If the site looks a mess lately; well, it is... I was trying some different template styles a couple days ago, and Squarespace allows you to preview the styles w/o actually committing the changes. I never once committed a change, but the software got stuck in this loop of asking me if I wanto ed to save changes; I kept clicking no, and it kept popping up. Eventually I just had to close the browswer, as there was just no escape, but unfortunately, it actually committed the style change when I did that. And man, was it ugly... Anyway, I asked Squarespace to restore previous settings, and they said they can't do that (do they not backup their sites? I find that hard to believe.). So now I'm stuck trying to recreate my old style from memory, which isn't easy, as I had a lot of things customized. I'm hoping I exported the CSS from my old style at some point, and can restore from that, but if not, expect some gradual changes to keep on for a while...
I am that I am...
Wow, it's been about 11 months since I last posted here. I've spent way too much time on social media, gotten away from writing real, well-considered and written content. I need to change that...
Anyway, with that out of the way, I thought I'd pick up where I left off, on the whole APS-C vs. FF debate. A lot has changed for me since I wrote this piece. I wasn't even in the mirrorless market yet myself then, so it was all theoretical. I've since jumped in, first with a Sony NEX6, and followed up about 6 months later with a Sony a6000, its successor. I tell you, the water's warm and inviting! :)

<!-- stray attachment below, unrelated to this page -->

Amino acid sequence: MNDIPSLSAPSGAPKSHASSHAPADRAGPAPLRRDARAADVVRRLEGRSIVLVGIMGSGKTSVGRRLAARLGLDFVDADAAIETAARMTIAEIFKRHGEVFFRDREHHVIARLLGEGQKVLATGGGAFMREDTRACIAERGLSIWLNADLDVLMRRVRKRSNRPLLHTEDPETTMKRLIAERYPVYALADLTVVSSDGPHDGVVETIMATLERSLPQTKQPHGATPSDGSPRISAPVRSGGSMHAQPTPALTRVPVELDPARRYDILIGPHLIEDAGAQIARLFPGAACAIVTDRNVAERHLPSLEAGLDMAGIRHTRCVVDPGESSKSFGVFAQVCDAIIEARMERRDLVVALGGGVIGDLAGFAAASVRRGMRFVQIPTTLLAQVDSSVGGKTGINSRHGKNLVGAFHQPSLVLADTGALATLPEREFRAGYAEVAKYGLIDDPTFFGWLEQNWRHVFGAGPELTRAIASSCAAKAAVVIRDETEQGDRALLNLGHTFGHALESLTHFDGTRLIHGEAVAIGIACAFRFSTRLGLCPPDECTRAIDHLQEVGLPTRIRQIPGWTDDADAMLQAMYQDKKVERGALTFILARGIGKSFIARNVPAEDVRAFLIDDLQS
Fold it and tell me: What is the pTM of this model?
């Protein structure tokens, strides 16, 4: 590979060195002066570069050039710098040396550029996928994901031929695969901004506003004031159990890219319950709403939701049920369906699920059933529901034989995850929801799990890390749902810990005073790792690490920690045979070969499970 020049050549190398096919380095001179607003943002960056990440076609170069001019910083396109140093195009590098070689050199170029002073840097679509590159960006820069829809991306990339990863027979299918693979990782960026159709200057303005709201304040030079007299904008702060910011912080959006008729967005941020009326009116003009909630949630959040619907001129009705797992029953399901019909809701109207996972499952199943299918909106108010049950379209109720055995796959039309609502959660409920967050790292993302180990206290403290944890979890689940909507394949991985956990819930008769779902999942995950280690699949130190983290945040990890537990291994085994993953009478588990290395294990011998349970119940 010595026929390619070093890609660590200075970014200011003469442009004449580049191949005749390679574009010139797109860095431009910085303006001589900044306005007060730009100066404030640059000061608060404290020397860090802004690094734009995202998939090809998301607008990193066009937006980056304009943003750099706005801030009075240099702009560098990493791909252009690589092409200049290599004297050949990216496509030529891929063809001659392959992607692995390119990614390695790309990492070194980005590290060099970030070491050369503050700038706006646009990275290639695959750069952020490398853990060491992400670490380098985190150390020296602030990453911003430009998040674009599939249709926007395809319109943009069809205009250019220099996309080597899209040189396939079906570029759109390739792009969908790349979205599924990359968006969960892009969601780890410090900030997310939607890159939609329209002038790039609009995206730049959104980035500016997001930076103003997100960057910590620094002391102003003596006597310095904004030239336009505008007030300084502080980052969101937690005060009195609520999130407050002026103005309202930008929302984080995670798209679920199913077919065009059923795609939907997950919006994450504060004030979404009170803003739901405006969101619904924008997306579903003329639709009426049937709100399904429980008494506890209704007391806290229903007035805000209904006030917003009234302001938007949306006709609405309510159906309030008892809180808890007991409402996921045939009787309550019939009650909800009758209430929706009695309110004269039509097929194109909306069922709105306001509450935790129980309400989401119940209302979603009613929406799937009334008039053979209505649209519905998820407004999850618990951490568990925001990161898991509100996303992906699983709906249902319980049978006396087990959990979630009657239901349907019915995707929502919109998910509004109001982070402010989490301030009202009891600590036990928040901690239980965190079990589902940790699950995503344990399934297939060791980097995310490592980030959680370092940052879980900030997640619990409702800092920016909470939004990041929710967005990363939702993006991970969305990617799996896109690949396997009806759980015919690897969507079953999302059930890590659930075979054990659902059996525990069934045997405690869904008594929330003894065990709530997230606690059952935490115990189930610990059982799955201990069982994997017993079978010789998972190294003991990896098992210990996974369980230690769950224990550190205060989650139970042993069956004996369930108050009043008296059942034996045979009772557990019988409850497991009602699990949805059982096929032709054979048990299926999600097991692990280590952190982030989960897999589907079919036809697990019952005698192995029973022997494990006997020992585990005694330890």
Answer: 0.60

These are both APS-C cameras, 16MP and 24MP, respectively. After having used them for a while, I find myself reaching for my DSLRs much, much less. Honestly, about the only time I go for the big boys anymore is when I plan on shooting with a really large lens, like my 70-200mm f/2.8, as it just balances/handles better on a DSLR body with battery grip (in my opinion). Otherwise, though, I'm going for the lightweight convenience of those little mirrorless cameras. The image quality is just as good, the new lenses coming out for them (on the APS-C side anyway) are more compact, and they're just much easier to throw in a bag or pocket and take with me anywhere.